Few tech consumers think of their devices in terms of product design. But we immediately (if subconsciously) recognize quality when we experience it: a website that quickly delivers relevant services or search results, or a mobile app that intuitively responds to your touch, swipe or pinch. Touchscreens and gesture-recognition are rapidly changing the way we interact with technology. Tech Tuesday considers how those new interfaces are changing user experience.
New Interface, New User-Experiences
The way we interact with technology is changing rapidly. We control smartphones and tablet computers with pinches, zooms and swipes on touchscreens. New game systems like the Microsoft Kinect and Nintendo Wii respond to user gestures and movements. The Siri personal assistant program on new iPhones responds to voice commands and questions. Google has even recently announced a plan for "augmented reality" glasses.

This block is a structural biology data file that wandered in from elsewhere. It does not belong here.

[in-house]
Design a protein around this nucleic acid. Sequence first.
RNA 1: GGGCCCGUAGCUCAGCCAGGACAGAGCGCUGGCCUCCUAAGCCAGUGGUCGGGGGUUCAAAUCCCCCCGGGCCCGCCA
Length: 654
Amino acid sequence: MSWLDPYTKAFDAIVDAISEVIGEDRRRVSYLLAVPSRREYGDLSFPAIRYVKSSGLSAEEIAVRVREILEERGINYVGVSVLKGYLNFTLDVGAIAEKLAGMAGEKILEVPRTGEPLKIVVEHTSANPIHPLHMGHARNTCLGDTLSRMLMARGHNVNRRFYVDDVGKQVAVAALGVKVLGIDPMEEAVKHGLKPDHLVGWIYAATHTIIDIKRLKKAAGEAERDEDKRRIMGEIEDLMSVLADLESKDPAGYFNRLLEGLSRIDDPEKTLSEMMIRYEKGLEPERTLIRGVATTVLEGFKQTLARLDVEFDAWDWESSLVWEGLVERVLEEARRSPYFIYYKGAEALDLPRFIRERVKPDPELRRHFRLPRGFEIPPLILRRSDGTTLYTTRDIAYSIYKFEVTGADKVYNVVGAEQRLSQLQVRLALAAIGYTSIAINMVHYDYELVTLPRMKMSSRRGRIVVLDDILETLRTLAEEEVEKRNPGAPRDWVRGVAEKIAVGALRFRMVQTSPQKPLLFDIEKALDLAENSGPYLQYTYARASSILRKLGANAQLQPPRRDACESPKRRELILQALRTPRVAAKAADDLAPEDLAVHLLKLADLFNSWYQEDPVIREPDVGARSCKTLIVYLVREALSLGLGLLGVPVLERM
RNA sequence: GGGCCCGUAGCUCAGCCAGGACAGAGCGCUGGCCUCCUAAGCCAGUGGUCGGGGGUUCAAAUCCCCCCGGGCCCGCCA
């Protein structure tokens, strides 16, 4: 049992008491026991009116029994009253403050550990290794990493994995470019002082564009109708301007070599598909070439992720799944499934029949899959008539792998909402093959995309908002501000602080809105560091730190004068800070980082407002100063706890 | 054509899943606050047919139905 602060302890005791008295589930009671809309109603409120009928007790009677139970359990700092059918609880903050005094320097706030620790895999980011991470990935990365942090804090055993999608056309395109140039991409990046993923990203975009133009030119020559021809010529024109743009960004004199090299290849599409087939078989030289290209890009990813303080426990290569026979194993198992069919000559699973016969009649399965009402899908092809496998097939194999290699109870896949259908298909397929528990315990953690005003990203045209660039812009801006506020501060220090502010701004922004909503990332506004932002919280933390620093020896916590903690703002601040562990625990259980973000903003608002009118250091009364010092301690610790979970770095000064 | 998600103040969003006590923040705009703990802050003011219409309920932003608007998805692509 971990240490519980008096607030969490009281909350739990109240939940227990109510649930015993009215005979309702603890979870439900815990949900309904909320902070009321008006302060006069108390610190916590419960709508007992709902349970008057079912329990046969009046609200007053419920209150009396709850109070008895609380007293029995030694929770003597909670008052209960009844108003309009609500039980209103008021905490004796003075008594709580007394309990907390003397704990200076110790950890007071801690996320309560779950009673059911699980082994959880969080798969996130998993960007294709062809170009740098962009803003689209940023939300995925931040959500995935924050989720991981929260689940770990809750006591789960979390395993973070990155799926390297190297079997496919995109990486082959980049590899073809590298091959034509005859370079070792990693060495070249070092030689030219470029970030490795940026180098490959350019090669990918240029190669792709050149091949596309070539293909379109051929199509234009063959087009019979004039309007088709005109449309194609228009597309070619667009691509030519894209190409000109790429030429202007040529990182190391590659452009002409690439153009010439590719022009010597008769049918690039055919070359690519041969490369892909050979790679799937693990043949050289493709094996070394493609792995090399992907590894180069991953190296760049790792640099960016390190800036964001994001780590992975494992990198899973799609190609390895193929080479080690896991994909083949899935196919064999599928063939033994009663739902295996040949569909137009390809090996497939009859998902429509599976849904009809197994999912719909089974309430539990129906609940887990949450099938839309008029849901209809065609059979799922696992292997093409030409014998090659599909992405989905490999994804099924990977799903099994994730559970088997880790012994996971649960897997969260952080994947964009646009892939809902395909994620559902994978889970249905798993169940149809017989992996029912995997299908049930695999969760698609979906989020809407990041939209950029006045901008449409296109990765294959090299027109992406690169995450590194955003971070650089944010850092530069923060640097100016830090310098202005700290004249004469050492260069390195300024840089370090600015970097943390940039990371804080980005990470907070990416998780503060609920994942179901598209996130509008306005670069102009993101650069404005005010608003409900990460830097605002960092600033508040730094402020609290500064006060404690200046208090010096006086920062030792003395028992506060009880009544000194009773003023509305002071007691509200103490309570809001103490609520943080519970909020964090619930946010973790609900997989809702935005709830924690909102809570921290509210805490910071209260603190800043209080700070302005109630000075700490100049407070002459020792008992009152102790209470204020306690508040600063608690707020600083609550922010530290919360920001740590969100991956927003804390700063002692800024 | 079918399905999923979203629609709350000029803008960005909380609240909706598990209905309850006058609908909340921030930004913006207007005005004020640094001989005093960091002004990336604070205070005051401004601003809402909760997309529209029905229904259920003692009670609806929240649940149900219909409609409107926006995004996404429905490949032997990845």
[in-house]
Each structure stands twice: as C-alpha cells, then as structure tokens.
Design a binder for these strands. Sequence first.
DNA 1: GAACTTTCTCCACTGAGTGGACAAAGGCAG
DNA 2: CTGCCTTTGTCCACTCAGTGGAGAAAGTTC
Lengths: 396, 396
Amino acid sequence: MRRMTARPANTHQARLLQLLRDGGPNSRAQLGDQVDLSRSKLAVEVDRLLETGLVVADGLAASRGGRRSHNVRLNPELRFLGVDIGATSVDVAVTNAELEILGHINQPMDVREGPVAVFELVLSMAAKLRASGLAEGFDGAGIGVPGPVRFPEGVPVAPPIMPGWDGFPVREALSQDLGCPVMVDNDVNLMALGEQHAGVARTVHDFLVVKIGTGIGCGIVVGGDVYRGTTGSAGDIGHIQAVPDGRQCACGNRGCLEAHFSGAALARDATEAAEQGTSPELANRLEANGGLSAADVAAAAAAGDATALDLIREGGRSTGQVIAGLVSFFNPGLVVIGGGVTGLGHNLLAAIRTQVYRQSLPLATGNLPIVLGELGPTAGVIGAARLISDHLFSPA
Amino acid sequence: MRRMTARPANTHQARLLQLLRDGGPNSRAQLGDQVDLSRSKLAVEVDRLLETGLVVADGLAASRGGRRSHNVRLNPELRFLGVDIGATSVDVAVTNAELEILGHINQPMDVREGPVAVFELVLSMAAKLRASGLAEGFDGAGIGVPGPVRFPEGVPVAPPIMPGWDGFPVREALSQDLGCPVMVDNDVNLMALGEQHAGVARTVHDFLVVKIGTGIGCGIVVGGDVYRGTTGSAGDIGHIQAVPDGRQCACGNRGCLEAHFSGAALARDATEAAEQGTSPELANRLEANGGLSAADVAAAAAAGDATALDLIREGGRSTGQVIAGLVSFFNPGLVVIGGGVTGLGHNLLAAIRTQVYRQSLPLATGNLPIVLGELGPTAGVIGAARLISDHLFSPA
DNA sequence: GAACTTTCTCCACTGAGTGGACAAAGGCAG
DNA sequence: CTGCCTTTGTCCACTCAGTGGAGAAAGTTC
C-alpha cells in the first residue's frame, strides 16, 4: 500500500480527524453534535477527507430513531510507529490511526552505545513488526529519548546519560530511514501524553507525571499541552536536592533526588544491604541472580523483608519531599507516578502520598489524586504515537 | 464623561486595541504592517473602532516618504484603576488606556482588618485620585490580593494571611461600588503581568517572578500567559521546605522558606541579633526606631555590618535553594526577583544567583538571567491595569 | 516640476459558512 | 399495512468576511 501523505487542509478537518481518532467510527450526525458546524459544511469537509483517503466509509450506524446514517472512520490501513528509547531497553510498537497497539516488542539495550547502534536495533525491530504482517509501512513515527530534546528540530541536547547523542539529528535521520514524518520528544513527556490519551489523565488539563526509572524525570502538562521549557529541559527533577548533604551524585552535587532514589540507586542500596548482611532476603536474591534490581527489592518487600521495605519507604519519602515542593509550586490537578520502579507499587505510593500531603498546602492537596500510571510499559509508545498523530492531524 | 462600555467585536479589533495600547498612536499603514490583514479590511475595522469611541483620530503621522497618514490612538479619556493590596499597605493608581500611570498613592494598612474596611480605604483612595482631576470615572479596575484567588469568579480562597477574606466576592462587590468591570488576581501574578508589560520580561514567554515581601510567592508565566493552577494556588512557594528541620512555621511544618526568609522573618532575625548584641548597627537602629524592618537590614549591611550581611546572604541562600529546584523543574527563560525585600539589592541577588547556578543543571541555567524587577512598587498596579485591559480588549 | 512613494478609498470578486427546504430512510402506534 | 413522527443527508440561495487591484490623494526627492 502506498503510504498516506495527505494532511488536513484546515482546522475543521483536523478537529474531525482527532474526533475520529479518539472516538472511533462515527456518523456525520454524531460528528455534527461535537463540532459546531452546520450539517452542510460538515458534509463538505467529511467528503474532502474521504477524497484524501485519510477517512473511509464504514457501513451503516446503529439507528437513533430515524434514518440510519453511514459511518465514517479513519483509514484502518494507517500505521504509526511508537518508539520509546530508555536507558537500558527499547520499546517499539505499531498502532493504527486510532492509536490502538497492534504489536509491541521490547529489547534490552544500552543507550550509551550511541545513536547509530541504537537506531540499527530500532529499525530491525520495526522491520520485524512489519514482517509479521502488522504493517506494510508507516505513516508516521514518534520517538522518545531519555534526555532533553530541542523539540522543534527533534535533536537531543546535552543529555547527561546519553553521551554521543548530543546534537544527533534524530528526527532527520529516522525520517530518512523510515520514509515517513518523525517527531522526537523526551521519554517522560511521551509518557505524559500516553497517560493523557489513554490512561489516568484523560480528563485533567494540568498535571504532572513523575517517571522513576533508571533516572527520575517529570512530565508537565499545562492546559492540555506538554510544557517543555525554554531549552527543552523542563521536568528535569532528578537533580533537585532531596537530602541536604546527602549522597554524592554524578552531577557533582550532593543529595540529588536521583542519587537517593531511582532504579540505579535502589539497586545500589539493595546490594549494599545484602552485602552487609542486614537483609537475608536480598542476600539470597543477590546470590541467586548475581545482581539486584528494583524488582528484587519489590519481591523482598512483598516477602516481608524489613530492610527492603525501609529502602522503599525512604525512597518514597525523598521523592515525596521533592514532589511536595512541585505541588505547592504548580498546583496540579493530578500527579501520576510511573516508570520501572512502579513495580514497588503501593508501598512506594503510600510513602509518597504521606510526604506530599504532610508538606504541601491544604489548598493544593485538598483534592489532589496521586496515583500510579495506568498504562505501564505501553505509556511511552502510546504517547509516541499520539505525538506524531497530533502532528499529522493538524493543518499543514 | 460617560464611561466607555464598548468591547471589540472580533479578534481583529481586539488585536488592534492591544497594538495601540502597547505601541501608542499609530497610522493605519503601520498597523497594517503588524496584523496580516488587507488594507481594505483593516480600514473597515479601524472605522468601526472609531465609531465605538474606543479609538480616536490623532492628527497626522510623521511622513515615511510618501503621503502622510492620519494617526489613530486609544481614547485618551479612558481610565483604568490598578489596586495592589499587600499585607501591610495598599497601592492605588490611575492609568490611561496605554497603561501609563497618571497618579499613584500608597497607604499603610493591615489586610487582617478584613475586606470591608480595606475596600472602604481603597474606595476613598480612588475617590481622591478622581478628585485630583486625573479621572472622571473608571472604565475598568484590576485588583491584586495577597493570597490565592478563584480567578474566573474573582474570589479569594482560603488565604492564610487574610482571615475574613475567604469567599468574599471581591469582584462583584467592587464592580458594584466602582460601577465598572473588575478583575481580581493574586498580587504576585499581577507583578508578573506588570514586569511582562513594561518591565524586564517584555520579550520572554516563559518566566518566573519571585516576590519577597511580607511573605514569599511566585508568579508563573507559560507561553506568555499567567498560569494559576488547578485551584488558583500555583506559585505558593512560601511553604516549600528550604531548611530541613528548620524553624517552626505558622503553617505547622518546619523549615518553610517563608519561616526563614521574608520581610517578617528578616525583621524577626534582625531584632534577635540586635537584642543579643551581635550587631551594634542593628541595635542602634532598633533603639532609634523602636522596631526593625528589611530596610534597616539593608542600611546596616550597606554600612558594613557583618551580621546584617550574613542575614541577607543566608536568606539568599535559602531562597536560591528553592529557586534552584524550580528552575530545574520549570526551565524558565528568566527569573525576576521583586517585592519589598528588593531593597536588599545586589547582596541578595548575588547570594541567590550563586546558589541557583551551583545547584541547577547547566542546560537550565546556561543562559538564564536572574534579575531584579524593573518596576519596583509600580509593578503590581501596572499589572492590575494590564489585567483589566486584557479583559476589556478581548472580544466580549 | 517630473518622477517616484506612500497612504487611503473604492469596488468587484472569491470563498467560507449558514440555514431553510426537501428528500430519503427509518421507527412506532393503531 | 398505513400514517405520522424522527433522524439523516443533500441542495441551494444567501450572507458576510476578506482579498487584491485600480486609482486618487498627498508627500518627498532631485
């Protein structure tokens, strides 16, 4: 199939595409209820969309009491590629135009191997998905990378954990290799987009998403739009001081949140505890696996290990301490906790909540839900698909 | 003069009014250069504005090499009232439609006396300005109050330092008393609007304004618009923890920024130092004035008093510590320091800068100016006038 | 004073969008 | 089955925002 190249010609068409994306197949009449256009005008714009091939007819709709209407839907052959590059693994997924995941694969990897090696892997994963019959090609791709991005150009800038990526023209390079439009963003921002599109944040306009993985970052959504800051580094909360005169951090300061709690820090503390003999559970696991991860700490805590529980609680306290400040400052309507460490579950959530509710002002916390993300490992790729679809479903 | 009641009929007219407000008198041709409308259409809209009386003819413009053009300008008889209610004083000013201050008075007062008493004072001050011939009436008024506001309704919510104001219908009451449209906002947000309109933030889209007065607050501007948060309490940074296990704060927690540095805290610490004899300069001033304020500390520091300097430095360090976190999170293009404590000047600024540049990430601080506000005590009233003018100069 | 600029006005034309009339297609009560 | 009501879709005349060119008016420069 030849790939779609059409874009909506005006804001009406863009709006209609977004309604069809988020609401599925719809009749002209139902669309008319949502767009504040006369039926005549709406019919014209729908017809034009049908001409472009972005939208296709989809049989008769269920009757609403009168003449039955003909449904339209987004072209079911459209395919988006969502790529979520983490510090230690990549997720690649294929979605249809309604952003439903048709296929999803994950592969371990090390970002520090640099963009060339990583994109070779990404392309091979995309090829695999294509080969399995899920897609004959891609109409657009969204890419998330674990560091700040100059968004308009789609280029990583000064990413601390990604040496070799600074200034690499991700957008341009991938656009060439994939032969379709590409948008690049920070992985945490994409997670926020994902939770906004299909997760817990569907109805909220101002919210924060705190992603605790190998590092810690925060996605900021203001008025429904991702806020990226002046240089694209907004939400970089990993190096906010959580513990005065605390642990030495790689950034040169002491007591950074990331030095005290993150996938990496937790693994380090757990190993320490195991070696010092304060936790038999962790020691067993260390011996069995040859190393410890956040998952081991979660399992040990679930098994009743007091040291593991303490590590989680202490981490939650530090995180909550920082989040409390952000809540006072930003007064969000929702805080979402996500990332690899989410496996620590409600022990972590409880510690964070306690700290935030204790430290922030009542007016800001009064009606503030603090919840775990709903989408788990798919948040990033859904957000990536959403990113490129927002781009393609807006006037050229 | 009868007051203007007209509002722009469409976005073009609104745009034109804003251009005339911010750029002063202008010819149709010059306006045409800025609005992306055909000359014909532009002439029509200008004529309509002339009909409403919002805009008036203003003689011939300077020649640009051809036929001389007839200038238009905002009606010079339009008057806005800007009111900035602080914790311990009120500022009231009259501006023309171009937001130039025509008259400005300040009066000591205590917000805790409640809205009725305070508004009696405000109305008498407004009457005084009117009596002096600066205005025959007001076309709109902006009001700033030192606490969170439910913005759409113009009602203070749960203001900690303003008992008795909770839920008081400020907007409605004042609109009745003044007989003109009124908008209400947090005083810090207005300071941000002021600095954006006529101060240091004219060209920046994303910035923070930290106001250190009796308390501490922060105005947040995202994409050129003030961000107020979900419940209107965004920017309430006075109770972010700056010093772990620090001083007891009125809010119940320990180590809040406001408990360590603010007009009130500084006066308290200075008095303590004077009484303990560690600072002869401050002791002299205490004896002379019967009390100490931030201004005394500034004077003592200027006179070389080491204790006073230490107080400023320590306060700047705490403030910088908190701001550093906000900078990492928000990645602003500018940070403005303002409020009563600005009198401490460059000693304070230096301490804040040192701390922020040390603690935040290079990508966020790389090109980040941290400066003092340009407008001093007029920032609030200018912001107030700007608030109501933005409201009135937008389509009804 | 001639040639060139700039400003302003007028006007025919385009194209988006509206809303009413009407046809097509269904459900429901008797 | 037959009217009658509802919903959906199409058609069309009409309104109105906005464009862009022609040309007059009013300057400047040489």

These new devices and controls could lead to better, more intuitive technology - or they could lead to frustrating and confusing experiences. This Tech Tuesday, we explore the multidisciplinary field of "User Experience" (UX).
Guest Greg Flory flags two examples of interesting apps, designed on the Apple iOS system (you can check out Apple's iOS "Human Interface Guidelines" here):
Guest Morgan Reed is intrigued by the musical apps created by Smule, including a "wind" instrument called Ocarina:
Many of these new products are designed primarily for entertainment or personal organization. But they could have significant impacts across the technology field in the coming decades. Reed flags InterKnowlogy, a software company that designed gesture recognition application for the health sector:
NPR's Ari Shapiro talks with Stuart Stevens, a former strategist for Mitt Romney, whose new novel, The Innocent Have Nothing to Fear, tells the story of a neck-and-neck Republican primary campaign that ends up at a brokered convention.
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